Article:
In a nod to the Dark Souls games, another player could walk into your campaign at any time and do you harm. But rather than hack at you with a sword, they used their phone instead: initiating a proximity hack to steal (fictional) data. As the invaded player, you were given a small radius to search, and the ability to uncover the hacker by focusing your own phone on them. A successful discovery triggered a chase, and the would-be thief either escaped or found themselves bludgeoned to bits by the game's psychopath protagonist, Aiden Pearce.

Another illustration of how the phone can be used in Watch Dogs / Credit: Ubisoft
Another illustration of how the phone can be used in Watch Dogs / Credit: Ubisoft
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As an invader, you had a couple of options. You could try to stay out of sight, finding an enclosed garden or quiet alleyway and hoping your opponent wouldn't happen upon you. But the sheer length of the encounter meant that was a hit-and-miss approach - the enemy had more than enough time to circle the entire search area at least once.

Better, then, to do what Ezio Auditore da Firenze would: join the crowd. Since invaders were automatically reskinned as civilians, they could pass for NPCs - so long as they behaved sufficiently like them. Where players jogged with purpose, making a beeline towards their goals, NPCs waddled slowly down Chicago's sidewalks, or stood chatting together in clumps. Mimicking them meant pulling back from the edge of the thumbstick's input and forcing your character into a nonchalant gait, or finding a scripted conversation you could hover in the vicinity of.

Picking an eye-catching car isn't the best tactic in Watch Dogs / Credit: Ubisoft
Picking an eye-catching car isn't the best tactic in Watch Dogs / Credit: Ubisoft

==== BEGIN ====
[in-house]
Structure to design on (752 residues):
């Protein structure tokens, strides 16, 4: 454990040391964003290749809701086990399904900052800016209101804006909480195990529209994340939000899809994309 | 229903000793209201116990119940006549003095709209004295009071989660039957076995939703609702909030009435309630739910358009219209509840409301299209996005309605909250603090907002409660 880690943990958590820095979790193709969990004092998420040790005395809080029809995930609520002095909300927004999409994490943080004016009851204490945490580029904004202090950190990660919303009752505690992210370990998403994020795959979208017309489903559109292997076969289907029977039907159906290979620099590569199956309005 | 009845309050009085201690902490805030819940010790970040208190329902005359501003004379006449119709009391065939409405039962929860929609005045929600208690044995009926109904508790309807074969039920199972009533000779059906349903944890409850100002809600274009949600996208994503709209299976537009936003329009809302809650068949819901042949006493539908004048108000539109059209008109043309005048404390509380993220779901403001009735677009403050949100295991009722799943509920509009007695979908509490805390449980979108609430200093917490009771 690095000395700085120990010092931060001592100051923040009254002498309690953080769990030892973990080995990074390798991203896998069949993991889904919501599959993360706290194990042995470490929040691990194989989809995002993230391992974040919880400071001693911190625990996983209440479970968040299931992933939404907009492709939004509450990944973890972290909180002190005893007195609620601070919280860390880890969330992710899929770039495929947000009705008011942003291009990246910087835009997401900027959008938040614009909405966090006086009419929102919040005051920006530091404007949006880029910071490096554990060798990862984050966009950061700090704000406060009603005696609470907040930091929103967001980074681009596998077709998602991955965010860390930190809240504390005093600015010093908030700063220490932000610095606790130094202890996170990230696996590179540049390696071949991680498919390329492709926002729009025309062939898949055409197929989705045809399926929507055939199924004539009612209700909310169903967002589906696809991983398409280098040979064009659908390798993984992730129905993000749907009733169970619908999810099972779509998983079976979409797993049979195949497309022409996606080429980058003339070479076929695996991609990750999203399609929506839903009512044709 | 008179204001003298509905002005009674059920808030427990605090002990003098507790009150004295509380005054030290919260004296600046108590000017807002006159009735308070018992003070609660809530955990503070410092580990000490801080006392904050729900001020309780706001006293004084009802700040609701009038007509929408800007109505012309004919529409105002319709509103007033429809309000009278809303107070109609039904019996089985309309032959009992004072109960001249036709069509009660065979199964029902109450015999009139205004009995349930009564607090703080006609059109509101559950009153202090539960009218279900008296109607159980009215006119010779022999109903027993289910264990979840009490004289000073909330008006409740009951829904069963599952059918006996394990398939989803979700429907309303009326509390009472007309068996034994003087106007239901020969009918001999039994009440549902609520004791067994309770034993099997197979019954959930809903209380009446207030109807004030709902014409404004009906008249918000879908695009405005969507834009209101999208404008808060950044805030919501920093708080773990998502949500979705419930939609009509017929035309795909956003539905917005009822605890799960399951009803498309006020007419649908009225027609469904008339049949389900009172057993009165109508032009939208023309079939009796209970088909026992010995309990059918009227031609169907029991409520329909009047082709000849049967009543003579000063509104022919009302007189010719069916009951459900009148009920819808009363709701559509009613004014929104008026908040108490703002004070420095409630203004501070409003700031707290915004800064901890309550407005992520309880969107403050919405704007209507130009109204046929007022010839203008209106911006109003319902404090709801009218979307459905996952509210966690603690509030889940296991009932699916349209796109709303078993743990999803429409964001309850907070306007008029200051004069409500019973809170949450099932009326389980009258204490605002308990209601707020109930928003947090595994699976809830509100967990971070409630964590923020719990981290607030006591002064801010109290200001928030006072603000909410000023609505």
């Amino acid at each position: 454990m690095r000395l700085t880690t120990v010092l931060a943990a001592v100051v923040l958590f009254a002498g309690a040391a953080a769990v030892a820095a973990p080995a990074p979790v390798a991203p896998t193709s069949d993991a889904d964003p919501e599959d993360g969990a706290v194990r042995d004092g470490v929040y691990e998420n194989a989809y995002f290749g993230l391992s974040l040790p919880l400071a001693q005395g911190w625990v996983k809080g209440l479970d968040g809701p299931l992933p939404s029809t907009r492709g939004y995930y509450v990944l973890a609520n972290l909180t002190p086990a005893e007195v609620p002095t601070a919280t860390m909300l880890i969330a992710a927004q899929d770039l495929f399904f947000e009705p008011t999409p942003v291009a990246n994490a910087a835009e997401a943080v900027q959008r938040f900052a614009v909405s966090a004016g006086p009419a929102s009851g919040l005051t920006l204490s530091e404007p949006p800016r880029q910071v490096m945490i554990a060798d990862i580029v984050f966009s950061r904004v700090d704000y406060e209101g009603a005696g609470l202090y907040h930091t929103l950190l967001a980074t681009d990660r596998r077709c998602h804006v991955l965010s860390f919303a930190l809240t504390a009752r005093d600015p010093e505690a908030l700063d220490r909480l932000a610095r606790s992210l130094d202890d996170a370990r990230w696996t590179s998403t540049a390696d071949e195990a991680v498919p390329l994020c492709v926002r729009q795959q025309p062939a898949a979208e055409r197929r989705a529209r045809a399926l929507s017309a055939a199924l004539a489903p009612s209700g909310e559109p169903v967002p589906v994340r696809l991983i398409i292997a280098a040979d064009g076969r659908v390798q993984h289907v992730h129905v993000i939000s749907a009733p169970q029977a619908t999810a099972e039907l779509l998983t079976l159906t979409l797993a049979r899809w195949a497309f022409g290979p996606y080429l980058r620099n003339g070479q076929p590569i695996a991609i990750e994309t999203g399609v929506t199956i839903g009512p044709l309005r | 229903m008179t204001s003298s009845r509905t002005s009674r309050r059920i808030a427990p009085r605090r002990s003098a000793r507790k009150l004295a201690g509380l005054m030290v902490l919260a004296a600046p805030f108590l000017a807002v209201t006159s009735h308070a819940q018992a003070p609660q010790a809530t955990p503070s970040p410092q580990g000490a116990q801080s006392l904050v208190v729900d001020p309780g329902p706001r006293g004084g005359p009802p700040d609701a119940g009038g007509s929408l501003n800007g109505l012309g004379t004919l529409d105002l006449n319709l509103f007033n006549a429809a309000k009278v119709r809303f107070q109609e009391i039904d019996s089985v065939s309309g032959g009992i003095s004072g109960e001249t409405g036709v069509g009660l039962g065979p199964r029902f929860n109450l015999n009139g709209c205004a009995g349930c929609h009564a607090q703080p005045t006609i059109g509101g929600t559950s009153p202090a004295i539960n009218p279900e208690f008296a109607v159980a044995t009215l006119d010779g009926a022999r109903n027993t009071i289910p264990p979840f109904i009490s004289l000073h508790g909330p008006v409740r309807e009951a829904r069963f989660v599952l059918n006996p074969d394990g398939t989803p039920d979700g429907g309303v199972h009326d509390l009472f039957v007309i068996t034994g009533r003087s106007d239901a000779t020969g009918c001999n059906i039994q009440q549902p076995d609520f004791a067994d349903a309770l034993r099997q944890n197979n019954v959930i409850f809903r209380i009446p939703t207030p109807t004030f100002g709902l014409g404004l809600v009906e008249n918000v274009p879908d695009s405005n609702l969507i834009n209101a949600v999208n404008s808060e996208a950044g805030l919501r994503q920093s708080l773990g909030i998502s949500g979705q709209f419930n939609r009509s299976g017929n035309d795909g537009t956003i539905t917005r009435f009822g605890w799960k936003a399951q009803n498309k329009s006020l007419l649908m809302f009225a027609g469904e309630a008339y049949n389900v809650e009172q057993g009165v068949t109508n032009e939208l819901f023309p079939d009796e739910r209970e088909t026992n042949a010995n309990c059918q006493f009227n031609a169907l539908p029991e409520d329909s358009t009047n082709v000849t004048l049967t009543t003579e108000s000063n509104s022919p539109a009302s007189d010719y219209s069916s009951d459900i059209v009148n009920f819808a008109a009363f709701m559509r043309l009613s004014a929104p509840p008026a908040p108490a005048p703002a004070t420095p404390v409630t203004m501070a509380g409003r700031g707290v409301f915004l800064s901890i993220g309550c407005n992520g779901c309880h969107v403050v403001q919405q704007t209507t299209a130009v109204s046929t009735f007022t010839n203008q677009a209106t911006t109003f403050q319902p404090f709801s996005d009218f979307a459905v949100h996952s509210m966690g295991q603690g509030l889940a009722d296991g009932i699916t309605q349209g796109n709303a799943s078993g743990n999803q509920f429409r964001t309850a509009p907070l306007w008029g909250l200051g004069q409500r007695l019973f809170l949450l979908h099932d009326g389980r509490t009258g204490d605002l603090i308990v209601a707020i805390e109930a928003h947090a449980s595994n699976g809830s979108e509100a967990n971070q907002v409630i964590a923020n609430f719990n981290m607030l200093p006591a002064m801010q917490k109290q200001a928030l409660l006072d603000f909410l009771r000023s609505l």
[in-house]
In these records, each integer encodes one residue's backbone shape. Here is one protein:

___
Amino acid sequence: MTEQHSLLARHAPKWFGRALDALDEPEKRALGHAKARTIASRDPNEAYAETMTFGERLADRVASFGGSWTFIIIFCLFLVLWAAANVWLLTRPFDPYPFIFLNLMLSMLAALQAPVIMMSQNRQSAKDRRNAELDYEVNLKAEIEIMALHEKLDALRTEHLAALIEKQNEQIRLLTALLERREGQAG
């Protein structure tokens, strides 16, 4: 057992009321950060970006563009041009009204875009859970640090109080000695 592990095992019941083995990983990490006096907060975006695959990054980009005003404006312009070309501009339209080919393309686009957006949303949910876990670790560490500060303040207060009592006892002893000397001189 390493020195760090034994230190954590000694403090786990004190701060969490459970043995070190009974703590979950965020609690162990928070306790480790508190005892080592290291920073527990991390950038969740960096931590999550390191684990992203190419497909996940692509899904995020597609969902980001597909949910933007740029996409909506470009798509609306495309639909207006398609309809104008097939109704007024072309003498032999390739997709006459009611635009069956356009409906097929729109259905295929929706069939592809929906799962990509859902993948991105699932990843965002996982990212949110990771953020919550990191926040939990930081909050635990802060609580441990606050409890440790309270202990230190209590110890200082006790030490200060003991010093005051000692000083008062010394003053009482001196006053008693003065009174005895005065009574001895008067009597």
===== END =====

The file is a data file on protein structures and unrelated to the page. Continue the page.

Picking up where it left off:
The roads allowed for another suite of possibilities. Players usually gravitated towards sports and muscle cars, the most desirable and speedy vehicles available. But when starting an invasion, it made more sense to plump for something innocuous: a battered old van, or family four-seater. Player eyes would naturally glide off vehicles like these, dismissing them as set dressing. If an invader could become part of that set dressing, they were halfway to victory.

There was a giddy glee that came from watching your hunter walk right by you as you trundled to a halt at the traffic lights, or strolled down a pier. And a unique tension to the moment when, upon reaching the edge of the hacking radius, you realised you'd have to turn the car around without breaking cover. The conceit worked better still in Watch Dogs 2, which introduced remote car hacking. A sudden screech of tyres proved the perfect way to distract a hunter getting too close to their target.

Today, multiplayer social stealth is a growing genre, home to Unspottable, and the fittingly titled Hidden in Plain Sight. But nothing quite touches Watch Dogs' invasions, thanks to their context as part of a wider open-world game. They wouldn't work nearly so well as a separate mode on dedicated maps, since they rely on the unknowing victim.

Some hackers, hacking, in 2016's Watch Dogs 2 / Credit: Ubisoft
Some hackers, hacking, in 2016's Watch Dogs 2 / Credit: Ubisoft

Recently, in the San Francisco of Watch Dogs 2, I followed a player through a backyard where an empty sedan was parked. I climbed inside, turned off the lights, and sunk low into the driver's seat before initiating the hack. Understandably, they didn't suspect a vehicle they'd already walked by - until I blasted full beam and drove away with the win.

Invasions haven't yet been mentioned in the promotion for Watch Dogs: Legion - the sell instead focusing on the new sequel's systemic world. But a game that allows you to play as any civilian in London instantly lends itself to sly social shenanigans. That old woman across the street? She might be walking to the grocers, or visiting her grandson. Or she might be readying the middle finger emote for when she sprints off into the distance with your data.

Follow the author on Twitter at @Jeremy_Peel, and GAMINGbible at @GAMINGbible.

Featured Image Credit: Ubisoft

Topics: Feature, watch dogs, Watch Dogs Legion, Ubisoft